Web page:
• You must push a button on the defibrillator machine for sticky paddles to give the shock. For handheld devices, you must push the button on each paddle simultaneously.

A defibrillator delivers an electric shock to the heart that briefly stops an abnormal rhythm, allowing it to spontaneously establish a normal rhythm.

What Happens After Using a Defibrillator?

Initially, the first responder or healthcare provider will give the patient CPR for around two minutes. Then, they will check the patient’s pulse and see if the heart rhythm is normal. If needed, they will give more CPR and another electrical shock.

If defibrillation does not work successfully, the first responder or healthcare professional will administer medication, such as amiodarone or epinephrine, to correct the abnormal rhythm.

If the blood flow is normal, but the patient is non-responsive, the healthcare professional will attempt to bring the patient’s body temperature down to 89.6 to 96.8 degrees Fahrenheit (32 to 36 degrees Celsius) to protect and promote recovery of brain functions.

Once the patient’s condition is stabilized, the healthcare provider may perform a cardiac catheterization.

What are the Benefits of using a Defibrillator?

A defibrillator is primarily used for life-threatening arrhythmias such as ventricular fibrillation or pulseless ventricular tachycardia. It is not typically used for other arrhythmias where a pulse is present, as the device is designed to correct specific life-threatening conditions.

Recovering after defibrillation following a cardiac arrest is a long-term process. Depending on the patient’s age, medical history, lifestyle, and other factors, it may take several months to a few years.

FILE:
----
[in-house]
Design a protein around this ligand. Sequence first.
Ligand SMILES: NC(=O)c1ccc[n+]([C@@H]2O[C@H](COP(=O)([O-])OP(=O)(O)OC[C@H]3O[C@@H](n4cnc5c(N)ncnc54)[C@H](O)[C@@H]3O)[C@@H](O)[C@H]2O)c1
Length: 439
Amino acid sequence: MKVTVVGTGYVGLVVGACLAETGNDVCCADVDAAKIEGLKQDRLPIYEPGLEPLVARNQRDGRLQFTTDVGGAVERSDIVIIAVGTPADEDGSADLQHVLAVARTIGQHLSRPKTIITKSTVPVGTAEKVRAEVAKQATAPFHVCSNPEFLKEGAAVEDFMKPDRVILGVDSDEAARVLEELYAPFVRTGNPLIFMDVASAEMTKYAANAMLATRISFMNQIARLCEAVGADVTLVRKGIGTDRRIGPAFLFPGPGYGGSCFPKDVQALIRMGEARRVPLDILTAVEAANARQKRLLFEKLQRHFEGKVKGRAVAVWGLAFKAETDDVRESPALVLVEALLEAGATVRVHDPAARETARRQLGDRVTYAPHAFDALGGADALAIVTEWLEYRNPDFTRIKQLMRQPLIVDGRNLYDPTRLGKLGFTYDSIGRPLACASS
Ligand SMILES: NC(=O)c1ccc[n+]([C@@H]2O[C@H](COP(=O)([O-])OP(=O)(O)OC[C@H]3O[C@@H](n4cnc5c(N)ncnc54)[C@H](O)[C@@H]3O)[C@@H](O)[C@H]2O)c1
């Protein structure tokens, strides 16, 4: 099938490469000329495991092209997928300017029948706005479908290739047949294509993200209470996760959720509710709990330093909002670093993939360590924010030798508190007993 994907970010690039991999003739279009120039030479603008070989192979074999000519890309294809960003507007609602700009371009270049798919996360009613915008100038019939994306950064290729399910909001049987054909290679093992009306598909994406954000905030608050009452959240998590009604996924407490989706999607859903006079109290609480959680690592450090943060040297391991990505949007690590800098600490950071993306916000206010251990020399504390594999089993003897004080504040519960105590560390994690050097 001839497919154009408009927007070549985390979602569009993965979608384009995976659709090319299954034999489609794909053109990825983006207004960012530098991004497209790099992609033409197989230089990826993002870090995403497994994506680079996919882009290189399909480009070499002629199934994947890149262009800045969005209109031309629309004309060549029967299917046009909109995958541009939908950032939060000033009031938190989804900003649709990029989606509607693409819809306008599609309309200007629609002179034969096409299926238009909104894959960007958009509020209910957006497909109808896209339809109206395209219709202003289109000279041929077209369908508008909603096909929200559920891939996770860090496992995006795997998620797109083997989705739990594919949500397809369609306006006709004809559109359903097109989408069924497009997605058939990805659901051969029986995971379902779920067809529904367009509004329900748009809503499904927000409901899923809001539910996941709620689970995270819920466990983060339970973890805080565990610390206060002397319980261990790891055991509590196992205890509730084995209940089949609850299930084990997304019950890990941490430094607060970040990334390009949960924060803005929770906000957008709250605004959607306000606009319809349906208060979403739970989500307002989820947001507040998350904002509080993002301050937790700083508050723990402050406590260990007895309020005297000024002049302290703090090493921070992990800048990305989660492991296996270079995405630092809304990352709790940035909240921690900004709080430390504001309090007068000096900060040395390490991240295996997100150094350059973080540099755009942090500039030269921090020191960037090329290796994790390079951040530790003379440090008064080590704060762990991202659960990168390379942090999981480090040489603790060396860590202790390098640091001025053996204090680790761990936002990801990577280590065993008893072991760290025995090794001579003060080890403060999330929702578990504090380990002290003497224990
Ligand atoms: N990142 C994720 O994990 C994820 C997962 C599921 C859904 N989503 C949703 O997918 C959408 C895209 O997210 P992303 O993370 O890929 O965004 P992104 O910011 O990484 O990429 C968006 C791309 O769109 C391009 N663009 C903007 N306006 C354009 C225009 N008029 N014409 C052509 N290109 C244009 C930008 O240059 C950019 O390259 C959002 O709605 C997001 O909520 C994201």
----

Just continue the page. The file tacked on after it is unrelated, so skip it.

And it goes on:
Post-cardiac arrest syndrome can include a range of physical, cognitive, and emotional symptoms, affecting survivors to varying degrees. The percentage of survivors experiencing significant impairments that prevent them from resuming work or regular activities varies widely and depends on numerous factors, including the severity of the cardiac event, the quality of immediate care, and the rehabilitation services available.

It may take considerable time to recover from a rib fracture that may happen during CPR and to manage other related problems, such as difficulty in walking or seizures. You may need to undergo physical, speech or occupational therapy to recover from defibrillation.


If you see someone collapsing with chest pain, it is advised to immediately call the emergency medical services (EMT) number. if you are trained in CPR, then you may administer it, at your discretion.

However, it is always advisable to make the patient feel comfortable until the professional EMTs arrive and take charge.

See Also

American Heart Association AED Grants

AED Grants for Police Departments

AED Grants for Fire Departments

AED for Schools Grant Money

Grants for AED

Current Version
August 18, 2022
Written By
Shubham Grover
March 20, 2024
Updated By
Daniyal Haider, MD